Theater October 2018
The phantom of the obvious
On England’s most over-the-top composer and his new memoir, Unmasked.
Andrew Lloyd Webber was thirteen when it happened, on Christmas Day of 1961 in London: his mother turned on the car radio. Out of a single, underperforming car speaker came Puccini’s Tosca. It was five minutes into the performance. “I had never heard such theatrical, gloriously melodic music,” he recalls in his new memoir, Unmasked.1 When it was time to go inside and open presents, young Andrew begged to be allowed to stay in the car. There he was sitting, alone, in rivers of tears, when the policeman came. “The thirteen-year-old seemed extremely indignant, even aggressive at being asked to turn the music off and explain himself,” Lloyd Webber writes. A life acquired a telos. Lloyd Webber has spent it trying to achieve Puccini levels of emotional impact, preferably while being annoying, especially to those figures of authority in the critical brotherhood who seem to him to brandish their pens like nightsticks.
That Lloyd Webber succeeded beyond measure can hardly be disputed by the time one has closed the back cover of Unmasked, a lushly self-justifying five-hundred-plus-page brick that improbably floats like a bubble. Twenty years after his teen epiphany, Lloyd Webber was reading the Mosco Carner biography of Puccini and musing about what makes one piece an indelible work of art and what dooms another to being forgotten. He had in mind a musical about dueling versions of La Bohème. Puccini’s Bohème, adapted from Henri Murger’s 1851 novel Scenes de la vie de bohème, hit the stage in 1896. The following year it was widely deemed inferior to a successor by Ruggero Leoncavallo, fresh off the triumph of Pagliacci (1892), whose own version was also entitled La Bohème. Lloyd Webber has great fun, here and elsewhere, sharing the views of my forebears in artistic evaluation about the relative merits of the two works. In La Stampa, Carlo Bersezio wrote that Puccini’s version “leaves no great impression on the mind” and predicted it will “leave no great mark on the history of our opera.” Today Puccini’s Bohème is the single most popular opera in the world and Leoncavallo’s is hardly ever staged—known only to mavens within an already rarefied art form. Poor Henri Murger is forgotten as well.
What does this have to do with Lloyd Webber? After marinating in Puccini, he wrote a pastiche of one of the master’s melodies as the centerpiece of a scene in which the Italian plays a tune for his publisher and finds the offering rejected. Puccini is convinced the publisher’s taste is errant, but what can one do? A work of art must win over many gatekeepers before it becomes popular with the public. Lloyd Webber decided that the audience must agree with Puccini that the tune deserves a better fate, so he put all his love of Puccini into it, writing, he says, “with the arrogance of slightly fading youth.” It required courage to play it for his father, William, an acknowledged expert on Puccini and a formidable teacher at the Royal College of Music. The younger Lloyd Webber avers that “although my offering was obviously a Puccini tribute I needed a frank opinion on whether it was original or not.” Instead, Andrew received the following judgment: “It sounds like a million dollars, you crafty sod.” That estimate proved far too low. You know the tune, whether you wish to or not: it’s “Memory,” from Cats.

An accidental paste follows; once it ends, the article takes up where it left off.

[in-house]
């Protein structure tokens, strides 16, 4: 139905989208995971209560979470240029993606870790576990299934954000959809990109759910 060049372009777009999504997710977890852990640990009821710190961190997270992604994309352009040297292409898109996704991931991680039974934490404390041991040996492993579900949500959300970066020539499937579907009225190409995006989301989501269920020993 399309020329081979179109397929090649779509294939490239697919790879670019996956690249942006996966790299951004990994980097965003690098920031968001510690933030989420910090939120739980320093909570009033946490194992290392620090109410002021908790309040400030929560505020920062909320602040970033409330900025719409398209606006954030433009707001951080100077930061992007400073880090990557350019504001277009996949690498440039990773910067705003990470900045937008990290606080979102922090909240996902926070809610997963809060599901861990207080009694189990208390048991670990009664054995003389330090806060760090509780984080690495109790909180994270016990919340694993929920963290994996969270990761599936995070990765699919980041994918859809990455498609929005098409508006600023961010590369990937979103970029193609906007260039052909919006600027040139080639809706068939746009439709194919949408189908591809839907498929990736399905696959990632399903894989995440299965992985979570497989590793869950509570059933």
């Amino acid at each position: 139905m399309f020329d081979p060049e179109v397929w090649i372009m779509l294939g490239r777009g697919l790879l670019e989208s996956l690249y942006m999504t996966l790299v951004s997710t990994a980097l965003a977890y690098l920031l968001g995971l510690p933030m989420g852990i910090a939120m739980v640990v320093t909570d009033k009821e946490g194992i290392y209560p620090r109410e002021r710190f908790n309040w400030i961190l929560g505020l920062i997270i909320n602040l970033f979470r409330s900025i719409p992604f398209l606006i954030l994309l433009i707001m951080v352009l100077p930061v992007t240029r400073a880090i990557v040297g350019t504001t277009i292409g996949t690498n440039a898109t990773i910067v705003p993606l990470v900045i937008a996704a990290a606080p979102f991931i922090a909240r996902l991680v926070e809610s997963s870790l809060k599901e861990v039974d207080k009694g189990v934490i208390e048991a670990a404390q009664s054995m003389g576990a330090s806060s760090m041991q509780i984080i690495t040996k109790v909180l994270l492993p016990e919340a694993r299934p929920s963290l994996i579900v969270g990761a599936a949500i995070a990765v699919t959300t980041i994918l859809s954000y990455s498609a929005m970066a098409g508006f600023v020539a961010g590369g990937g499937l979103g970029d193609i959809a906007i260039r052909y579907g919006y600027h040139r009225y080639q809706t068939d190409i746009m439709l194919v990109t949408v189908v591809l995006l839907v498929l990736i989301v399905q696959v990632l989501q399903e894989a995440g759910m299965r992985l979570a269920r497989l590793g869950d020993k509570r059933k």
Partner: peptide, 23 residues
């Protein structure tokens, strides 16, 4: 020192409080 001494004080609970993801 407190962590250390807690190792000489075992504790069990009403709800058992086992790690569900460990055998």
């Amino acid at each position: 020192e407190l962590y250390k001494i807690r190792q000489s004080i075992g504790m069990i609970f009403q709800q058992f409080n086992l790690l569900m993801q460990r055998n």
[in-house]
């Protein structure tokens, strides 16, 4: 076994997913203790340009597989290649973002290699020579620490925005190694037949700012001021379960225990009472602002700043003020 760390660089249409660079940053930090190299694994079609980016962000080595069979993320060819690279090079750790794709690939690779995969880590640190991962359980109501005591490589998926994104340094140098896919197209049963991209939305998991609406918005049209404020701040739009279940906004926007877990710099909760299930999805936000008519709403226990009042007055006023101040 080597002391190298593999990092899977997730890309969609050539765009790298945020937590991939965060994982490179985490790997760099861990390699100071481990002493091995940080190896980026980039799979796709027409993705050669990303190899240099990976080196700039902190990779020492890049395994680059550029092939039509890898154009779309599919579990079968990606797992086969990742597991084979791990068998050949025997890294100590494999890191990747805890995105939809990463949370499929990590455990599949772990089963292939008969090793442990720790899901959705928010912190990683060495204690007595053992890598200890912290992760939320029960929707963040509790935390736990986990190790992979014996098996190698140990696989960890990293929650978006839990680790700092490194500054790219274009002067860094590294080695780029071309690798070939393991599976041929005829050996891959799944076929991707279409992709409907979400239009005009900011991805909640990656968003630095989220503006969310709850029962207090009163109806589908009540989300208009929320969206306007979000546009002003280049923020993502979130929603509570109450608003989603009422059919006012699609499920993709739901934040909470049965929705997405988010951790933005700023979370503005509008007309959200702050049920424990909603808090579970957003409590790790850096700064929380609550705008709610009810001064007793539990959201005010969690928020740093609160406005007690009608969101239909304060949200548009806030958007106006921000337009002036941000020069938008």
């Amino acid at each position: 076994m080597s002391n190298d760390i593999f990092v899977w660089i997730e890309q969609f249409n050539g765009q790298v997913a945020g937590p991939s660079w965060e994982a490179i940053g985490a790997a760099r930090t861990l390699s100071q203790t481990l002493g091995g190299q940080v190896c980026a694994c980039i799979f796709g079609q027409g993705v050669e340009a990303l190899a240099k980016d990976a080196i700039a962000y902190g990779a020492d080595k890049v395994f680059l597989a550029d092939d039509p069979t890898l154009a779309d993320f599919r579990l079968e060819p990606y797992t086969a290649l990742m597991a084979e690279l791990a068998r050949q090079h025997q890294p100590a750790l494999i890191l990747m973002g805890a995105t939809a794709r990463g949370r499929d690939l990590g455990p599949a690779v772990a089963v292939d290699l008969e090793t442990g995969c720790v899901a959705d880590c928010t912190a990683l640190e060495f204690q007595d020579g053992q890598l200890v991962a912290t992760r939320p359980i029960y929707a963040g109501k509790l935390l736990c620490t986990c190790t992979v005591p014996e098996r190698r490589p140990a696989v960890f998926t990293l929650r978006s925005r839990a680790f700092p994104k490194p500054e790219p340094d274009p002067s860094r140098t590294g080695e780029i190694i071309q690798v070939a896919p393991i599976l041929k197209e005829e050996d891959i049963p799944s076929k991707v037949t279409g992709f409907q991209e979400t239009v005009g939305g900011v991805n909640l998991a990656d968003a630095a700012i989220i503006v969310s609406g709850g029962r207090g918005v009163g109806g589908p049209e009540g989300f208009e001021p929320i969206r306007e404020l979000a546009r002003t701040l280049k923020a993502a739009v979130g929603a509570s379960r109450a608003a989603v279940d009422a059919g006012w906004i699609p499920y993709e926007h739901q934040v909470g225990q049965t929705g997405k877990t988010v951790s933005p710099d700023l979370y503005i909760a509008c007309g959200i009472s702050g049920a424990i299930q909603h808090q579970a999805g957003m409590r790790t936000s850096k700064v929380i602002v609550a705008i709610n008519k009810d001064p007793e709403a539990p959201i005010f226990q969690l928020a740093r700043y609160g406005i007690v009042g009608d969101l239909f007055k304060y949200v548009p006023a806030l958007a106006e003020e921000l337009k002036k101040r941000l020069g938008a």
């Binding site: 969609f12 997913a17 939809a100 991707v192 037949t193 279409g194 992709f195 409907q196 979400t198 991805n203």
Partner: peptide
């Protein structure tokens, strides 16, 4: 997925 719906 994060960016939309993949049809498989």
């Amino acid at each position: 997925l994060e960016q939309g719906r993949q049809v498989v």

Imitating Puccini has been good to Lloyd Webber, and not only in the sense of musical composition. Puccini taught him to aspire to the emotional empyrean, to reach into people’s cores, to be extravagant. Attempting to do this will leave any artist open to charges of sentimentality or even kitsch, but consider how the perception of Puccini has changed over the years. As Lloyd Webber sees it, Puccini too was once a composer in search of hit tunes like any other. His melodies not only endured but thrived to such a degree that calling them indulgent seems beside the point. Puccini is comfortably ensconced in the pantheon of serious artists, tenancy in which will be denied Lloyd Webber for the foreseeable future. It may be, though, that one hundred years hence, any distinction between Puccini and Lloyd Webber—between opera and Phantom of the Opera—will come to seem trivial. Is Phantom undone by its hokey plot? Is La Bohème? One of these two entertainments contains some funny lines, and it isn’t the Italian one. Lloyd Webber calls Phantom “high romance”—is he wrong? In the 1980s the composer challenged a favorite conductor, Lorin Maazel, with whom he collaborated on an ambitious classical work called Requiem (1985), to explain to him what minimalism was. Maazel ventured into a disquisition on twenty-minute sustained chords and Philip Glass, then cut himself off. “Andrew, there’s no point in my explaining this. You are a maximilist.” And which name, do you suppose, will linger longer in the cultural memory—Lloyd Webber’s or Glass’s? Not that Lloyd Webber cares—he’s sold a hundred thousand theater tickets for every critical encomium Glass has ever received. But today’s merely “popular” artist sometimes becomes the next generation’s critical cynosure, while today’s visionary can turn into tomorrow’s chucklesome curiosity. Already Glass and his listener-unfriendly friends seem like faddists, dealers in instrumental radical chic. Being abusive to the ears does tend to be a fatal flaw for music.